Kristi Herold has never let anything stop her from playing sports.

Growing up in Sudbury in the 1970s, she joined a soccer team at the age of 8. “There were no girls or even co-ed teams at the time,” she remembers, “so with my short hair and people calling me Kris, I pretended to be a boy for two years and played soccer in an all-boys league.” Her secret got out at the season ending banquet when her mom made her wear a dress, but she was invited back to play anyway.

She excelled in a variety of team sports but eventually focused on elite ski racing, and competed internationally as a teen. Then, after graduating from university at Queens, she moved to Toronto. New to the city, she wanted to join a rec league and maybe meet some new people, but she hit a wall. 

“I could only find competitive women’s soccer leagues, which, even as a good athlete, I didn’t feel confident enough to play in,” she explains. This prompted her to quit her job in 1996 and start a recreational sports league: The Toronto Sport & Social Club (TSSC). “In those days, email was just beginning to be a ‘thing,’ and there was not really any internet to speak of,” she says. “I spent a good four months calling everyone (on a phone with a cord) I knew and telling them my idea and asking them if they liked the idea to please fax me their address books of friends who also might be interested.”

Eventually, she built a database of about 850 people and created a newsletter to send out with registration offerings for their first spring season. “I was so broke,” she says, “I couldn’t afford postage for that many newsletters, so my boyfriend at the time agreed to ride around on his bicycle and hand deliver about 400 of the 850 newsletters.” She managed to grow the league to 52 teams during that first season.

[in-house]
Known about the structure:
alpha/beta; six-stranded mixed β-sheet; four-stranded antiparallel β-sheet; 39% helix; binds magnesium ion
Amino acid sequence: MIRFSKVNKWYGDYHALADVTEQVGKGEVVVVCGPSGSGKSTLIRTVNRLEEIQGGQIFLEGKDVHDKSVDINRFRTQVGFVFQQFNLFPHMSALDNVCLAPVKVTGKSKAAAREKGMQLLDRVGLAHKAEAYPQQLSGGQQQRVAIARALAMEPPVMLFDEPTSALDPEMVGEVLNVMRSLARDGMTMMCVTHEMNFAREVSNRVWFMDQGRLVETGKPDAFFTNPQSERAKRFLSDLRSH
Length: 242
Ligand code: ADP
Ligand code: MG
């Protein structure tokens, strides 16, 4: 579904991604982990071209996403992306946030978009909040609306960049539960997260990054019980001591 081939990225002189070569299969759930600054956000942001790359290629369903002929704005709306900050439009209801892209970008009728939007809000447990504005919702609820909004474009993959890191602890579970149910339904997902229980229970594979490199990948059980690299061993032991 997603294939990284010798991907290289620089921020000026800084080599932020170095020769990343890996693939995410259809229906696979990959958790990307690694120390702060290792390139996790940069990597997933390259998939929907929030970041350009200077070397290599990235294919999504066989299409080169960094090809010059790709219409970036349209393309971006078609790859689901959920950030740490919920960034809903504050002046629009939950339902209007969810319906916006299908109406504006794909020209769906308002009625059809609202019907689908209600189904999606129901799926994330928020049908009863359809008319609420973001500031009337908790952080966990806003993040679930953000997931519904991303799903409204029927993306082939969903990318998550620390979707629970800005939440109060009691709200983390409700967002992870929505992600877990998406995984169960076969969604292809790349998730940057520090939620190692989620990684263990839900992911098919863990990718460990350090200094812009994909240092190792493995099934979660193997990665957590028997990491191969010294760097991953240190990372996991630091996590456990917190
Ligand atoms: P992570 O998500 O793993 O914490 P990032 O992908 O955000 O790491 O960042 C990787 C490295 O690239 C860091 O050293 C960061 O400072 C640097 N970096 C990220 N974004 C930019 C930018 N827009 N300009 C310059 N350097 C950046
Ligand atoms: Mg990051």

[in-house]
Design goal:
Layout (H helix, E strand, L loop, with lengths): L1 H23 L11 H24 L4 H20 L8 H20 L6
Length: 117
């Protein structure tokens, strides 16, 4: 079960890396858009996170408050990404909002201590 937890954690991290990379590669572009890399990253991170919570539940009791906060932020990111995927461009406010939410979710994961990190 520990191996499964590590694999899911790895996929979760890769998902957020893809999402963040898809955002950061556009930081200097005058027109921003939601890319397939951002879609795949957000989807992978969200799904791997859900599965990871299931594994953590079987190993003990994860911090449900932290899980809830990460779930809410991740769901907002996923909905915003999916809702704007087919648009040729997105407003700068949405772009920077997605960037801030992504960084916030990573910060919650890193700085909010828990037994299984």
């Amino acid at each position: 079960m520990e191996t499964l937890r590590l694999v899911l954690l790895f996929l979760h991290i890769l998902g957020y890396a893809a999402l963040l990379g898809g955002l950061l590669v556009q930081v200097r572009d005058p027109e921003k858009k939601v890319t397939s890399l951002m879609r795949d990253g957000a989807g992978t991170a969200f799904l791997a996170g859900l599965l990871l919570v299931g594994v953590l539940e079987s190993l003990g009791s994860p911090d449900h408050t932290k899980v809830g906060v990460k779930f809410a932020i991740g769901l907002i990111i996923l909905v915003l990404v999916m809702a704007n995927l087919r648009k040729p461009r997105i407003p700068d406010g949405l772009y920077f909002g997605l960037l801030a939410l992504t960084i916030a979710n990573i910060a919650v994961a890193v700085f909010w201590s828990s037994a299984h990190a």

From its humble beginnings, the TSSC has evolved to encompass Sport & Social Group (SSG), an international organization with coed rec teams in everything from soccer and football to bowling and hockey. It is the biggest organization of its kind in the world, having just added their 100,000th team. “We’ve touched well over a million people’s lives since we began,” she says, “and that feels pretty great!” The organization stretches into eleven markets, including Toronto, Mississauga, Hamilton, Kitchener-Waterloo, Cambridge, Brantford, York Region and Sudbury, as well as Grand Rapids & Kalamazoo in Michigan. “We currently get about 150,000 people playing annually,” says Herold.

TSSC remains the powerhouse, with some 30 different sport offerings on different days, locations and levels, from beginner to varsity. Herold, along with her business partner, Rolston Miller, has created a website that enables members to register, see their schedules, rules, game locations, track attendance and find subs for their games, report scores and more.

Herold believes that besides being great for our mental and physical well-being, sports have the power to transform lives by truly connecting us with our community. “If you’re new to town, what better way than to sign up as a free agent for your favourite sport and meet new people,” she says. “Who knows, maybe you’ll meet that special someone or make a connection for a new job opportunity. Bottom line, real life human connection combined with physical activity is positive and powerful. Keep playing!”